The iron content of the resulting anhydrous magnesium silicate 3MgO 2SiO2 0.1 Fe2O3 is then reduced to 4% by demagnetisation.
The sulfatation of this magnesium silicate then uses sulfuric acid (H2SO4), of a concentration of about 20-30% w/w sulfuric acid, recycled from the formation of potassium sulfate described hereinabove, as per relation 2 below, yielding a slurry of 30% solid in an acid 20-30% w/w of sulfuric acid. With such a weak acid the reaction is expected to be slow and incomplete, even at high temperature. Surprisingly, it was found that cavitation near ambient temperature, i.e. at a temperature in a range between 30 and 50° C. and under a pressure of 20-25 psi, allowed the reaction to proceed efficiently and rapidly. The ratio of acid/calcined serpentine is adjusted to extract two of the three atoms of magnesium in the magnesium silicate 3MgO 2SiO2. After a 30-min contact time, more than 95% of the initial sulfuric acid is reacted. pH adjustment using MgO and filtration yields a neutral and clean solution of magnesium sulfate at pH 6. The residual MgO 2SiO2 along with precipitated iron hydroxide is then easily filtered with no difficulties was met with silica filtration when magnesium is completely dissolved.
The solution of magnesium sulfate is then evaporated by distillation to crystallize out magnesium sulfate as an heptahydrate, i.e. Epson salt: MgSO4.7H2O. The residual solid is discarded as an insoluble and inert material.
(2) Formation of MgSO4.7H2O from Calcined Serpentine
Thus, magnesium sulfate (MgSO4) is obtained from dehydrated magnesium silicate.
Production of Sulfate of Potassium and Magnesium (SOPM)
It was found that mechanical attrition of the two solid components, i.e. one mole of potassium sulfate with two moles of hydrated magnesium sulfate, was very efficient. It was discovered that such a dry mechanical treatment, such as ball milling for example, facilitates greatly the formation of the double salt, and that the resulting double salt is much less hydrophilic than the starting magnesium sulfate as the water liberated from the Epsom salt transforms the solid mixture into a slurry. This slurry may then be partly dried at 150° C. to the consistency of a thick paste and then pelletized with a standard rotation pelletizer into particulates approximately spherical and having a desired diameter, for example in a range between about 5 and about 7 mm. The pellets can then be then dried at 200° C. to yield SOPM with a formulation corresponding to K2SO4.2MgSO4.1H2O. Relation 3 below describes the formation of SOPM from K2SO4 and MgSO4.7H2O.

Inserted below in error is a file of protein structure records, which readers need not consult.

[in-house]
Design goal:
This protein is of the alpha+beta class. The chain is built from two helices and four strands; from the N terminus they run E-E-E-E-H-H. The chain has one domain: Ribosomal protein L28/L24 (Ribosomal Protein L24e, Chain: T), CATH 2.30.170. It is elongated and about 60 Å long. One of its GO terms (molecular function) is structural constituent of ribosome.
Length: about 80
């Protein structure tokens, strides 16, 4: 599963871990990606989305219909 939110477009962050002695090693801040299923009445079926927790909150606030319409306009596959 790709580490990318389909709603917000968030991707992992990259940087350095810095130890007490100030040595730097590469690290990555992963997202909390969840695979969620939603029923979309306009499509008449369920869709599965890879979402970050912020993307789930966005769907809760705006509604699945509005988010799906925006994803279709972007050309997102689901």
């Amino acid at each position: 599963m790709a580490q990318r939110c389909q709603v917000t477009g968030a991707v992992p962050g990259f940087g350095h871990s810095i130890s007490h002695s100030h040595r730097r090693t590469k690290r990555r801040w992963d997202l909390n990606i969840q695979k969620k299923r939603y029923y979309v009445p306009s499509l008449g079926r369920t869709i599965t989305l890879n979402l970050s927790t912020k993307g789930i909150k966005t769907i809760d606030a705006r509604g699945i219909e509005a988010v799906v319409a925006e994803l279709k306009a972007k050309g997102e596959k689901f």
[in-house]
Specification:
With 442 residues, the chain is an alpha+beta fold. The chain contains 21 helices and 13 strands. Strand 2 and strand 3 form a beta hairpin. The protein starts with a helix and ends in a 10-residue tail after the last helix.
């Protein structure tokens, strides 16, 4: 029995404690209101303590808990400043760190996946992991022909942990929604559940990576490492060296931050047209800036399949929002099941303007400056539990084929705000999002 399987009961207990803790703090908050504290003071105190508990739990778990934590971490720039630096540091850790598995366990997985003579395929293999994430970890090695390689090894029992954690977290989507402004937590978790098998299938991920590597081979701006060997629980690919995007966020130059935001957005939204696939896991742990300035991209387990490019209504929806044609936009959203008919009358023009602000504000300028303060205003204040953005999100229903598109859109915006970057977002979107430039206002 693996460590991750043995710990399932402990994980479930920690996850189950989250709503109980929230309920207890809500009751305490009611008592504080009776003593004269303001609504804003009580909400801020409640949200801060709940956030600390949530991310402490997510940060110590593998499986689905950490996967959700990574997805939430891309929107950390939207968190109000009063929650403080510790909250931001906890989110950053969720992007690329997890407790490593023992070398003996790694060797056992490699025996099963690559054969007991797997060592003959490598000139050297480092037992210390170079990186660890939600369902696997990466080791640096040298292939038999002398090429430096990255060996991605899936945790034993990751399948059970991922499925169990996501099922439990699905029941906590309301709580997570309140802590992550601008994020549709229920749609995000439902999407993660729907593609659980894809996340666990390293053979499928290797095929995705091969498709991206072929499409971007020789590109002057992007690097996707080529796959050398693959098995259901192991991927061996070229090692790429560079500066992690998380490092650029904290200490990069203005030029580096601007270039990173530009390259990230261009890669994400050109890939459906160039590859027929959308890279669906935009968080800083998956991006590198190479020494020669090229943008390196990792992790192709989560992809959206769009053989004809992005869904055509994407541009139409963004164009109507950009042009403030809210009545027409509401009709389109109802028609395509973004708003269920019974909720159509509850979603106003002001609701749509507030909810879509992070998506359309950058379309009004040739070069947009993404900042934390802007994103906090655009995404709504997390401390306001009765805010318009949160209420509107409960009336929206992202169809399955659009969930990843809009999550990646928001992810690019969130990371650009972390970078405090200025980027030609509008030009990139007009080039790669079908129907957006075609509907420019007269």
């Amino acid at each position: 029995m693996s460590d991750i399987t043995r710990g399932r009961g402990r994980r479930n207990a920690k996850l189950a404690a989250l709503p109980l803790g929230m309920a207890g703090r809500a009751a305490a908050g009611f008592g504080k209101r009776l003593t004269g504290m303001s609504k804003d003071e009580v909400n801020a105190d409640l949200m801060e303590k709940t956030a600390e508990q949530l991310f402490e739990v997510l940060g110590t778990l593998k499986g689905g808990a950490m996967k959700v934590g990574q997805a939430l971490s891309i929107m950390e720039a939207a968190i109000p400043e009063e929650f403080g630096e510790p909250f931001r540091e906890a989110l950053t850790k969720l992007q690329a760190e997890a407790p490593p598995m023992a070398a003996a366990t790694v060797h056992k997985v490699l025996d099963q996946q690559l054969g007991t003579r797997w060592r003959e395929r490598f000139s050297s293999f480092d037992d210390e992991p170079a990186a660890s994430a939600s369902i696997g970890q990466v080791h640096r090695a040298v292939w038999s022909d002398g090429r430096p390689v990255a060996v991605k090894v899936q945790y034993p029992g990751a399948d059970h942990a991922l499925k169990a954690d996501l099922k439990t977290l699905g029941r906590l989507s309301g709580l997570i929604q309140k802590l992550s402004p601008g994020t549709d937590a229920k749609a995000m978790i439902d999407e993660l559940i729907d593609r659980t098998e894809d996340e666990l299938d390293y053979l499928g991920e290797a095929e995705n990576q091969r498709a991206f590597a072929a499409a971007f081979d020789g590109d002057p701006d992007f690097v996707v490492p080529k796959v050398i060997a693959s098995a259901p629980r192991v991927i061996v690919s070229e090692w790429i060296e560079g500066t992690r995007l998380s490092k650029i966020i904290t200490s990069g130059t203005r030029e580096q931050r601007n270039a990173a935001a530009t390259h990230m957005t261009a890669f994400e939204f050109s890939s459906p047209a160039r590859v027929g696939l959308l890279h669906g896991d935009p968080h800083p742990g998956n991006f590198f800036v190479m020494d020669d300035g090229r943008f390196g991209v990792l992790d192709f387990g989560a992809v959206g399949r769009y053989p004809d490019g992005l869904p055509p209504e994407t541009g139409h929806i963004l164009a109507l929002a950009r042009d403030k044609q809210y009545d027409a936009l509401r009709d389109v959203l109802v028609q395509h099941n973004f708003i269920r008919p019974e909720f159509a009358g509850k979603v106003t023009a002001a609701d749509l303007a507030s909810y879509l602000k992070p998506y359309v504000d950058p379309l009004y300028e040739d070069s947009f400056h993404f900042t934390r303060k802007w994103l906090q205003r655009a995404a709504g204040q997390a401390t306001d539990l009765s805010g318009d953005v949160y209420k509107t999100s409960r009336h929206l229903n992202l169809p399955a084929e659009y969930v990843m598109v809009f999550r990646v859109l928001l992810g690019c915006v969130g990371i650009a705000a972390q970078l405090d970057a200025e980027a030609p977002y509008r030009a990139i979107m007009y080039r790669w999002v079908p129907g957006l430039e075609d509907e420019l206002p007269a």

(3) Formation of SOPM
A chloride-free double sulfate of potassium and magnesium of the langbeinite structure was thus obtained starting from potash and serpentinic silicate. Moreover, the obtained material is shaped at a dimension ensuring it does not break at a free fall of 3 meters and is not dusty, allowing easy blending and field applications. If heating is conducted at 250°, the anhydrous double sulfate is obtained.
The following non-limitative examples describe implementations of the method.
For the formation of potassium sulfate, in a one liter three necks flash, 29.82 g (0.4 mole) of KCl were treated with 42.6 g (0.4 mole at 92% w/w) of sulfuric acid by slow addition over 30 minutes. The evolution of HCl was brisk and directed via a condenser to a collecting flash kept at 0° C. with an ice/salt bath. After addition of the sulfuric acid, the reacting mixture, under mechanical stirring, was treated with water addition, 25 ml over a period of 45 minutes at 130° C. By titration, the total evolution of HCl was then 14.3 g close to the theoretical amount of 14.58 g.